How Much Sugar Are You Really Eating?
While there’s no doubt Australians are consuming too much sugar, the abundance of information has unsurprisingly created some confusion (not to mention hysteria) about the sweet stuff.
Total sugars refers to those sugars which are naturally occurring as well as those added for flavour, sweetness and texture.
Naturally occurring sugars are found in foods such as fruit, starchy vegetables and dairy products.
Added sugars comes in various forms including the more natural versions honey and maple syrup, as well as the more refined and processed table sugar, corn syrup and rice malt syrup.
If we look at the recent ABS study, it showed that 1 in 2 Australians are exceeding the recommended intake of total sugars, however the majority of sugars are coming from the “added” sugars found in processed foods and drinks. Think fruit juice, soft drinks, confectionary, cakes, muffins, as well as natural sources like honey. This equates to an average of 60 grams of added sugars per day (equivalent to 15 teaspoons of white sugar).
The World Health Organisation recommends our sugar consumption should only make up five per cent of our total daily calorie intake. This means roughly 25g or six teaspoons per day. But the bigger problem is, many of these processed foods that contain added sugars also contain a combination of saturated fat and refined starches – a combination that can also raise your risk of chronic disease.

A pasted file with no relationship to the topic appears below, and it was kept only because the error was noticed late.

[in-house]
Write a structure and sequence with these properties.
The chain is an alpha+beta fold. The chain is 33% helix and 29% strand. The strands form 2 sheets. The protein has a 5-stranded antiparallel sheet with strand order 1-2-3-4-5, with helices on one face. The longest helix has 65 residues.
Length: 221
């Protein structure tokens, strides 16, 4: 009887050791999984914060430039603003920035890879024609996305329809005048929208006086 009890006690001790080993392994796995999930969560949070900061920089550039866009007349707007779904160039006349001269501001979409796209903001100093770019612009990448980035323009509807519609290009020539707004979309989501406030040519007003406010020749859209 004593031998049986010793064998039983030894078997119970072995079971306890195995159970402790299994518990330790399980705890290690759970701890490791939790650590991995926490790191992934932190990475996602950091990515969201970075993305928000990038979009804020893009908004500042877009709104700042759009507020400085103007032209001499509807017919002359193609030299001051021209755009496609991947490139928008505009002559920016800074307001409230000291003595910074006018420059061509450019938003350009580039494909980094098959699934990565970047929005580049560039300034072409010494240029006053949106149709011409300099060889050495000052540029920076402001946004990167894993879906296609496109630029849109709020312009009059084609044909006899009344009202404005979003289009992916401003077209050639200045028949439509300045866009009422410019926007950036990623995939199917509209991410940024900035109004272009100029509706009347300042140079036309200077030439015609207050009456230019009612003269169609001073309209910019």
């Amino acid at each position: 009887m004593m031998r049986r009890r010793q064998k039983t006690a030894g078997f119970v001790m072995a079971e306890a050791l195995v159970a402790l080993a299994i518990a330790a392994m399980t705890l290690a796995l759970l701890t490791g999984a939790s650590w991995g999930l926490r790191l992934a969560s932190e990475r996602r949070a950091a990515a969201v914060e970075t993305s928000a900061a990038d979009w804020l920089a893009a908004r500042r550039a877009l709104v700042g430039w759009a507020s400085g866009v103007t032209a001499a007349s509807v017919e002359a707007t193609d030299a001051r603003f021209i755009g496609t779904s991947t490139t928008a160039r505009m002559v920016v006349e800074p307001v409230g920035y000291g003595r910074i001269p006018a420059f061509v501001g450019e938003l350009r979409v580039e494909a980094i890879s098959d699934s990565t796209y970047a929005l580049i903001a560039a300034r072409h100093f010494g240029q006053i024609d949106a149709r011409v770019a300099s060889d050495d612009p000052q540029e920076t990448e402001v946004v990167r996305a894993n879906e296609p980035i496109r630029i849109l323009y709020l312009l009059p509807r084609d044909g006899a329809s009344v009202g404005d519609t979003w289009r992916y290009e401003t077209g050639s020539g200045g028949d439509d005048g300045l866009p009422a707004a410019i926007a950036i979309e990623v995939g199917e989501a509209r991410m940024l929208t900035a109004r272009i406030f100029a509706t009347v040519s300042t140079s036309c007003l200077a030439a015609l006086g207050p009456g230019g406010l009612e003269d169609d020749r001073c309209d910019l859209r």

SHOULD YOU “QUIT SUGAR?”
The truth is – no. It’s almost impossible to completely quit sugar, well at least the naturally occurring stuff. Doing so would mean cutting out whole food groups (fruit, starchy vegetables and dairy products) and the nutrients they provide.
There are however a few ways to minimise the intake of added sugar and excessive amounts of naturally occurring sugars:
Limit intake of “extra” foods including soft drinks, energy drinks and sports drinks, muffins, cakes, confectionary and ice creams
Limit intake of fruit juice which contains concentrated amounts of naturally occurring sugars and no fibre, leading to rapid spikes in blood sugar levels. Choose whole pieces of fruit instead and opt for water when thirsty
Always read the ingredients and be aware of the many different names for sugar – dehydrated cane juice, high fructose corn syrup, rice malt syrup, sucrose, invert sugar, maltodextrin just to name a few!
Try herbs and spices to enhance flavour where possible
Bottom line? Sugar alone isn’t to blame for our expanding waistlines. If you’re serious about cutting down on sugars, reduce your consumption of processed foods and foods where excessive amounts of sugars have been added.